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Curtain closes on Winnipeg Arena
Ring kings ruled old rassle castle
By TAMMY MARLOWE - Winnipeg Sun


Nick Bockwinkel as AWA champion.


When the spotlight dims on the WWE Smackdown! event at the Winnipeg Arena this week, the curtain will also close on more than half a century of wrestling history at the celebrated "old barn."

"I remember fond memories of my dad taking me when I was seven or eight years old and watching the Nick Bockwinkels and Mad Dog Vachons of the world," said Don (Cyrus) Callis, who grew up in Winnipeg and wrestled in the WWF under the moniker The Jackyl. "It was a really great place to be. It was always a really great building to be in."

Tomorrow and Tuesday, the WWE will rock the Winnipeg Arena with its TV events Raw and Smackdown. The performances will mark the last time the wrestling franchise will appear in the old building, with the $133 million MTS Centre slated to open in November.

The Winnipeg Arena opened in 1954. Over the years, the WWE has filled the house dozens of times and tallied up hundreds of monumental matches.

Cyrus made his WWF debut at Madison Square Garden in New York City in 1997. A week or two later, his new job brought him home to the old barn, and he said his local appearance made a lasting impression.

"Performing at the Winnipeg Arena was a much bigger deal for me personally than performing at Madison Square Garden," he recalled. "Having my dad in the audience ... having the crowd acknowledge that I was from Winnipeg -- it was one of the highlights of my time with the WWF."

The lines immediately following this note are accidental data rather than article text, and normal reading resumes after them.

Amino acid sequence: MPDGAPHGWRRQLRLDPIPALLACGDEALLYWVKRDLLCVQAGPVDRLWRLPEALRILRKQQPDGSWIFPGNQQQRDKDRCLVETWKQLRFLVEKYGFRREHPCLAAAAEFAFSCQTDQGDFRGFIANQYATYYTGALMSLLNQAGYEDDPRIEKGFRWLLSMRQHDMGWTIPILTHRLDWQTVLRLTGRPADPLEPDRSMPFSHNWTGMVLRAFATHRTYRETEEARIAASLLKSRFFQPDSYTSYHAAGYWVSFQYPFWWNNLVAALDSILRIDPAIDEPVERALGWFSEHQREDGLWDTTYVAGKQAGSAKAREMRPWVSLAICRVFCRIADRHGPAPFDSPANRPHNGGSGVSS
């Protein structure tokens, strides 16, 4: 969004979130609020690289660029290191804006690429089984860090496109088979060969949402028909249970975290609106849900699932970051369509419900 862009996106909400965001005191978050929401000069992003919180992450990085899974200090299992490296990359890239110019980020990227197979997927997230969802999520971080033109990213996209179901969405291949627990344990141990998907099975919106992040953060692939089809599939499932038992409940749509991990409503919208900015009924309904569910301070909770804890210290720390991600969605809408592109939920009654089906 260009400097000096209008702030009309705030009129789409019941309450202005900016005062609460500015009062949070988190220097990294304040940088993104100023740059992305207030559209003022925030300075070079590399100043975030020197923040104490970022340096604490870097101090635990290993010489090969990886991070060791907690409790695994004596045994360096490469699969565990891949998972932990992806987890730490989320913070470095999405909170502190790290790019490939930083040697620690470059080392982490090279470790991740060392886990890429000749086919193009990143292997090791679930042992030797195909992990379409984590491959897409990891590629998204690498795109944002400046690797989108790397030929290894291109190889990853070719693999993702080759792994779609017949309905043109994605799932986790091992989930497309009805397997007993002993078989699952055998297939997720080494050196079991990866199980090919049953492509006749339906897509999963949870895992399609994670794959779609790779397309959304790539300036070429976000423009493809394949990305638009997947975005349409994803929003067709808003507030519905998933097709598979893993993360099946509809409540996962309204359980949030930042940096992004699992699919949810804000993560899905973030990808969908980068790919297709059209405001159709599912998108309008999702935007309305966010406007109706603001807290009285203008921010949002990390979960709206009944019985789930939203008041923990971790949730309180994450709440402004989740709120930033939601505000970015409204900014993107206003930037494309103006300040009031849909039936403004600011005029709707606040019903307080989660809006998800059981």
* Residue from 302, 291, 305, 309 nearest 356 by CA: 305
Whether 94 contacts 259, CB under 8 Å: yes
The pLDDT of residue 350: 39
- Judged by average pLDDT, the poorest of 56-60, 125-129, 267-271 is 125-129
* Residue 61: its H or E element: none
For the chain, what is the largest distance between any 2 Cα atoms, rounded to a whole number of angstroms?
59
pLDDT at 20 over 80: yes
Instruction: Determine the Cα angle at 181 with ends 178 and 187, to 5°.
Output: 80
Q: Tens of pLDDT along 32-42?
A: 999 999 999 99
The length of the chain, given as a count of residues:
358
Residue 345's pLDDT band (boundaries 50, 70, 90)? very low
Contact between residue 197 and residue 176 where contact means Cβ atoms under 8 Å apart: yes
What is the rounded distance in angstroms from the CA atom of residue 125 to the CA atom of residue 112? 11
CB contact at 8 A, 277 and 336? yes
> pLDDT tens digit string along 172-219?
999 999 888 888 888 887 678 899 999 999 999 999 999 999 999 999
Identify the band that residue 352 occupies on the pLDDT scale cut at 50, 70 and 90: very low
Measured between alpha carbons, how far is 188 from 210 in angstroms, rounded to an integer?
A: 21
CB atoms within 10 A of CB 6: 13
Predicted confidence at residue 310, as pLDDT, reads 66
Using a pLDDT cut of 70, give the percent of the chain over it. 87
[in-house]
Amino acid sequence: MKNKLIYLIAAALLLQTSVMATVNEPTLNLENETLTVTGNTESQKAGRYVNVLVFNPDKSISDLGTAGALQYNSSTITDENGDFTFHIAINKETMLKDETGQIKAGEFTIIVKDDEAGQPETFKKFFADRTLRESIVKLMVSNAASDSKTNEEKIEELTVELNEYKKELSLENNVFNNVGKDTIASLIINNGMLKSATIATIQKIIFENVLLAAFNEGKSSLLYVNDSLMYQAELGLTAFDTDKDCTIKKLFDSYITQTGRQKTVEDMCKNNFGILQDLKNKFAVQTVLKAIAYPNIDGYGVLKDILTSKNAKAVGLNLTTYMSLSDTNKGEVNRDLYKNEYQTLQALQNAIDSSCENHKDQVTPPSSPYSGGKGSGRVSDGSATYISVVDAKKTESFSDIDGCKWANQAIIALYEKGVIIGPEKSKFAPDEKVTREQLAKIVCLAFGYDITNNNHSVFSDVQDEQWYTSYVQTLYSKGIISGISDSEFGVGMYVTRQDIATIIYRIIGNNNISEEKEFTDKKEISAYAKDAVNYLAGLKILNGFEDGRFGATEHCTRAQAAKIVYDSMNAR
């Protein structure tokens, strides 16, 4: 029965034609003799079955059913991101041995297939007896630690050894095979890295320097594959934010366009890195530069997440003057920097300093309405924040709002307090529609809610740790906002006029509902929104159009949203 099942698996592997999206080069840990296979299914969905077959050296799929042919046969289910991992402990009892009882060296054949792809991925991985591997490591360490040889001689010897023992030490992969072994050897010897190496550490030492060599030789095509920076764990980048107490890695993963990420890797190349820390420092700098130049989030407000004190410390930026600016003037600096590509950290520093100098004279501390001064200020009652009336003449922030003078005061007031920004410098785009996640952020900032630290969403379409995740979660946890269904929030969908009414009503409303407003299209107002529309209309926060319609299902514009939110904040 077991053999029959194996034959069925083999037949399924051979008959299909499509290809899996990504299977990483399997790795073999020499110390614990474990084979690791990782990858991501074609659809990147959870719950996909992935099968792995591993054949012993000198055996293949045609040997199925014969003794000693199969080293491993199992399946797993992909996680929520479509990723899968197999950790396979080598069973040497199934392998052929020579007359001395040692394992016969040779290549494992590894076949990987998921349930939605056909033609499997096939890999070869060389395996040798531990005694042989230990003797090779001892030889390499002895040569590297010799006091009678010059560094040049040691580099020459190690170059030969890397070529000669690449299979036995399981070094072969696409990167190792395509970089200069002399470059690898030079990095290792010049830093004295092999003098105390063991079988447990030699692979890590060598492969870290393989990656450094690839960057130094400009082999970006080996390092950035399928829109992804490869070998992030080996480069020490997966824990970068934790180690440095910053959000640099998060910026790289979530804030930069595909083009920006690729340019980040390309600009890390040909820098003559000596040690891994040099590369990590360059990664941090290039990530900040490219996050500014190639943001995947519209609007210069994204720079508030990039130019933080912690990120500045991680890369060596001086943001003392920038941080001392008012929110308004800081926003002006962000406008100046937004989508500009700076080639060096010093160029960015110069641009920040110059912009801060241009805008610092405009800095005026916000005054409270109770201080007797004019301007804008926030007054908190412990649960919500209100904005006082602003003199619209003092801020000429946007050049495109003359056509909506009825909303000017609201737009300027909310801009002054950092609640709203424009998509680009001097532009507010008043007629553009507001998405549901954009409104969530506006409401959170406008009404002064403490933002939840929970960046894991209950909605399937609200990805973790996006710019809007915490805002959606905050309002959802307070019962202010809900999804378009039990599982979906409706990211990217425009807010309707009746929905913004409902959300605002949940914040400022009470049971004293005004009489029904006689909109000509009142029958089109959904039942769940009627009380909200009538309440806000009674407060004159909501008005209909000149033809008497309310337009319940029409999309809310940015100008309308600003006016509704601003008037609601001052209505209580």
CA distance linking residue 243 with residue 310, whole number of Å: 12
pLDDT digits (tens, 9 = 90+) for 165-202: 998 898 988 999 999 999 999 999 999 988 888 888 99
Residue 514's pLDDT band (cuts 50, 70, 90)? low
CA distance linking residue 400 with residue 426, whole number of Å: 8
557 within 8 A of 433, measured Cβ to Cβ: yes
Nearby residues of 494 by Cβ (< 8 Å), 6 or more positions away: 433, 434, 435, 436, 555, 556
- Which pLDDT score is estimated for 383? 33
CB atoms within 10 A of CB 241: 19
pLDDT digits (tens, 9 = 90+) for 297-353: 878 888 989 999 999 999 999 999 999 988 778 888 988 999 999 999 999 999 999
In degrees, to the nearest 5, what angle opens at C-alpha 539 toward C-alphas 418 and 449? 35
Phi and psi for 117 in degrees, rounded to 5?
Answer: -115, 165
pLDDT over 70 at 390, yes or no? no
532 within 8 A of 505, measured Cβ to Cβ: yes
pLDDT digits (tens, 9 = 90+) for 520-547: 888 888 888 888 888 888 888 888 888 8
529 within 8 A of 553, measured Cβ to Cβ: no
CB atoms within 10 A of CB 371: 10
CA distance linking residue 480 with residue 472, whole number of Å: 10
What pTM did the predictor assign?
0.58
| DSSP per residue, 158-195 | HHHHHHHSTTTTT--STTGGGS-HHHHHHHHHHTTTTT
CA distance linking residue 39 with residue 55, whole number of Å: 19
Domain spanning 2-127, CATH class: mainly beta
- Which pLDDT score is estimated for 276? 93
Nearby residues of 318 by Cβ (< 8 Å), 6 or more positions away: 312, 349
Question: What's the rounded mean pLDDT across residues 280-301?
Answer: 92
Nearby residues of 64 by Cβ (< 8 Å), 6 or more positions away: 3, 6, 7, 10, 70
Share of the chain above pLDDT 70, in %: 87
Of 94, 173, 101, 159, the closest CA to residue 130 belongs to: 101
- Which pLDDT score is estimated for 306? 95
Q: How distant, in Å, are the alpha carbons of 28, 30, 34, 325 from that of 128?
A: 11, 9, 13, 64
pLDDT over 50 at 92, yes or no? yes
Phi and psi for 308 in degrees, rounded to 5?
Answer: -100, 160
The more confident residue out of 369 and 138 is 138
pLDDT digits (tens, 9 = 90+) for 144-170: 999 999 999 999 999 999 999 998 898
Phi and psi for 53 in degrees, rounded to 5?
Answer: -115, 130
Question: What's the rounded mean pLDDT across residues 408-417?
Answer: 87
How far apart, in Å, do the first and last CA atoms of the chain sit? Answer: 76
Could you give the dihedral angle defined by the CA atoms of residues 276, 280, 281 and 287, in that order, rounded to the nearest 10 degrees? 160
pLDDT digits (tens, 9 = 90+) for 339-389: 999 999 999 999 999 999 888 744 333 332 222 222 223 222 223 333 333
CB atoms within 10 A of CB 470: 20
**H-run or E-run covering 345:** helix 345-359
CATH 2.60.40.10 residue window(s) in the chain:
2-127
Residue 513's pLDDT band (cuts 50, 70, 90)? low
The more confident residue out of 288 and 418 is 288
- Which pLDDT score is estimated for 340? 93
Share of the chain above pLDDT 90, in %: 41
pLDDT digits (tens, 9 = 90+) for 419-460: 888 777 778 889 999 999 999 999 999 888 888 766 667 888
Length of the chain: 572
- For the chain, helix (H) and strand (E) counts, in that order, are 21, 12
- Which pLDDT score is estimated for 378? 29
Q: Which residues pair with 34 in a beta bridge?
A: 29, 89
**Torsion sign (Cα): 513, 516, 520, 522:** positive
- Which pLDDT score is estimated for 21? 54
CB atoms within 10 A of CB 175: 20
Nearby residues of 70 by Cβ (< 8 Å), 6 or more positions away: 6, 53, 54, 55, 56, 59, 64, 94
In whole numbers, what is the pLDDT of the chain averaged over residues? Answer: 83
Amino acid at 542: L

The American Wrestling Association stopped at the arena 13 times a year during its heyday in the late 1970s and early '80s.

Maurice (Mad Dog) Vachon, who wore the AWA championship belt five times during his distinguished career, said he has wild memories of Winnipeg's arena -- and the weather.

"One time I was going to the Winnipeg Arena and I was in the main event and I was running a little late," the 75-year-old reminisced. "It was like 40 below and on that main street (Portage Avenue) we ran out of gas.

"I had to push the car to get it around the corner and my gosh," said Vachon. "We looked across the street and saw the CBC television station. We called a cab and made it to the arena on time. It was so cold."

Vachon also recalled a time years ago he performed in Winnipeg the same evening as the late Prime Minister Pierre Trudeau was making a visit. A newspaper article the next day said 5,000 people made it out to the wrestling event -- and only 500 to the PM's speech.

Well-known wrestling promoter Tony Condello said the arena match he remembers most fondly was a splashy one-hour draw in 1985 between then-AWA world heavyweight title holder Nick Bockwinkel and National Wrestling Alliance champ Ric Flair.

"They're both two technicians. They never repeated one hold that whole hour," he recalled. "It was an incredible match."

Bockwinkel -- who wrestled in the old barn for more than 15 years -- tells the same story when asked about his favourite Winnipeg bout.

"The fans in Winnipeg were very enthusiastic ... pretty much like the attitude they take in their hockey," said the 69-year-old. "It was a fun town because everybody there was always so upbeat."

Official AWA photographer Terry Machalek worked on promotion from 1969 to 1985 and has countless snapshots from Winnipeg -- including the Bockwinkel-Flair contest. Other Winnipeg fan favourites Machalek shot included a young Hulk Hogan, Andre The Giant, Angelo Mosca, Cowboy Bob Orton, Bobby Heenan and Jesse (The Body) Ventura in his prime.

The Winnipeg Arena served wrestling well for many years, Condello said. He's confident the MTS Centre will be a great place for the next generation of fighters and fanatics.

"I think it will attract more wrestling fans," he said. "It's gorgeous."